There’s an old saying in management and leadership training. Good intentions make sense, right? However, there’s a problem with that. People don’t know your intentions, only your actions.
For someone in a leadership role, your day to day action speaks far louder than the words you say or the emails you write. If you are responsible for a team of fellow workers, the way you conduct yourself is the first, and sometimes only measure the crew will use to judge you.
Remember, being a leader involves being able to influence others. Influence comes from a complex blend of many things, but the first item on the list is the respect you can earn from those around you. When you are placed in a management role (or take one on as in opening a business) you have a position of authority that only lasts for a flash. As soon as the team around you sees how you are going to operate, choices get made. If the team decides they cannot respect what you do, you will forever suffer the inability to influence them.
You can have the best of intentions to be a good boss, but you can miss the mark daily. All you need to do is step out of your office and do something that runs contrary to everything you say you stand for.
I’ve known some wise people and otherwise good managers who tripped along the way. One bad action lost them almost everything they had gained in terms of human capital; the respect of their team. One bad goof wipes out everything else. Here are some of the areas where these fatal flaws can emerge:
It’s a bit old-fashioned, but people still look for solid character. If your actions set off everyone else’s BS meter, you are in trouble. Character is about your word. Can people trust exactly what you say you’ll do? Say one thing but do something different, your character suffers.
When I look at the definition of integrity, it’s defined as a “concept of consistency of actions, values, methods, measures, principles, expectations, and outcomes. In ethics, integrity is regarded as the honesty and truthfulness or accuracy of one’s actions.”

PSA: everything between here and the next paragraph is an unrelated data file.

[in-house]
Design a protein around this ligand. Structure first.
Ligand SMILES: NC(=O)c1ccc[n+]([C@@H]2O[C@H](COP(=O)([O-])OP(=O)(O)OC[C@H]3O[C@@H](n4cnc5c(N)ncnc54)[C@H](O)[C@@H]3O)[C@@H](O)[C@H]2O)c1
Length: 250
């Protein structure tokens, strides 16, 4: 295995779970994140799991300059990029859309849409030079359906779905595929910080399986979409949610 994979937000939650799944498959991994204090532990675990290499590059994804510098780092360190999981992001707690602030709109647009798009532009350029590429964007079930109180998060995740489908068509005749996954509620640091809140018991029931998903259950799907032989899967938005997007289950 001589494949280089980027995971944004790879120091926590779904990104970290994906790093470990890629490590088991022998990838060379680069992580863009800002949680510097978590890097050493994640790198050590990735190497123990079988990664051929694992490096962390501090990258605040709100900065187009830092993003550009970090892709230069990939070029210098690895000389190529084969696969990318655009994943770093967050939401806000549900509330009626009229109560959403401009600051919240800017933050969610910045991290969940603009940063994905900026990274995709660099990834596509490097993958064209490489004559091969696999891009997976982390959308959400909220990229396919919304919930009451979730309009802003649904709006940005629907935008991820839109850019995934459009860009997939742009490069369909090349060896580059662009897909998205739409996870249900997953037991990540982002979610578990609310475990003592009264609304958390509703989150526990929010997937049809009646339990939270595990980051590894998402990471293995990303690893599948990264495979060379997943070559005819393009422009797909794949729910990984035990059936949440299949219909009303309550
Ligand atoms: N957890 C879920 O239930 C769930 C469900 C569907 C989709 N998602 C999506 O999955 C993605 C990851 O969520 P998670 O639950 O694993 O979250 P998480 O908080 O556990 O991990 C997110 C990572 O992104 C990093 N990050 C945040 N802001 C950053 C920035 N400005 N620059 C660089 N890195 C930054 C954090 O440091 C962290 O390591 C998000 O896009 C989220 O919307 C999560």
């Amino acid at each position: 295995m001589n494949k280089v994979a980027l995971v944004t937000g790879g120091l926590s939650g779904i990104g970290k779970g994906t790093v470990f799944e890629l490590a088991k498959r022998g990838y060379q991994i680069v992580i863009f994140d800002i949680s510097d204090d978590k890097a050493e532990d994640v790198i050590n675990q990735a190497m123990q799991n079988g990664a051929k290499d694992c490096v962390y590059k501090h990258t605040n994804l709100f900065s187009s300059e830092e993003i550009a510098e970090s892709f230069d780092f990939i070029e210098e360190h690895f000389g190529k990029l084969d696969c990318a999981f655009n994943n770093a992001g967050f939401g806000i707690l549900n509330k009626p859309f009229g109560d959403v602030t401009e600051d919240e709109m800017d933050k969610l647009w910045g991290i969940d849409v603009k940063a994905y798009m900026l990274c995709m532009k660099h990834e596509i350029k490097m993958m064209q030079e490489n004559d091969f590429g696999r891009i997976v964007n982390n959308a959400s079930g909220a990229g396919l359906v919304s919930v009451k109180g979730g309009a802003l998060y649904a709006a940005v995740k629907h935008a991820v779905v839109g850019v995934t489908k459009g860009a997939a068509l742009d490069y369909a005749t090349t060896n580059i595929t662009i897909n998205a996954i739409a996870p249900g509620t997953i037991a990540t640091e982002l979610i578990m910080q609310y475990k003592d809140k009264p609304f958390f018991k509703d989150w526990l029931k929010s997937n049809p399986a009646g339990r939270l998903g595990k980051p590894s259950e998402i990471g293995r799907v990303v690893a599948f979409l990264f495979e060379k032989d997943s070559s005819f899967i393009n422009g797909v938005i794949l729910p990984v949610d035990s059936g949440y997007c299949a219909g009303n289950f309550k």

Consistency is about being the same regardless of the situation. For example, do you know of leaders whose mood changes by the day and make rash decisions on certain days, yet calm and engaging on other days? This would be an example of the inconsistency of actions and outcomes.
Integrity stems from the Latin word ‘integer’ which means whole and complete. So integrity requires an inner sense of ‘wholeness’ and consistency of character. When you operate with integrity, people should be able to visibly see it through your actions, words, decisions, methods, and outcomes.
When you are ‘whole’ and consistent, there is only one you. You bring that same you wherever you are, regardless of the circumstance. You don’t leave parts of yourself behind. You don’t have a ‘work you,’ a ‘family you,’ and a ‘social you.’ You are YOU all the time.
Honesty or accuracy of one’s actions requires intentionality and thought. How honest or accurate are your behaviors, actions, and words with other people that you lead? I was at a meeting recently with a CEO who cares deeply about values yet is out of integrity because there is a lack of honesty and authenticity in how he behaves.
While he says that he cares about teamwork, he doesn’t listen to others and gets defensive when challenged with different views. He believes in creating a culture of love but publicly berates and belittles junior employees.
In today’s world, all the social unrest about workplace conduct is warranted. Too many people in positions of influence have abused their power by making inappropriate advances. It seems years of pent-up violations are coming to light almost daily. The headlines are filled with named celebrities or community leaders being accused of something.
While physical or sexual aggression is clearly the worst of all possible behaviors in the workplace, there are plenty of other failings that undermine a leader’s ability to lead. Fooling yourself into thinking your intentions are good enough pales in comparison to the actions you take each and every day.
Your action becomes the standard by which you will be measured. It begs the question, what was the intention anyway?
What actions have you taken that might undermine your otherwise good intentions?
Originally posted on DougThorpe.com
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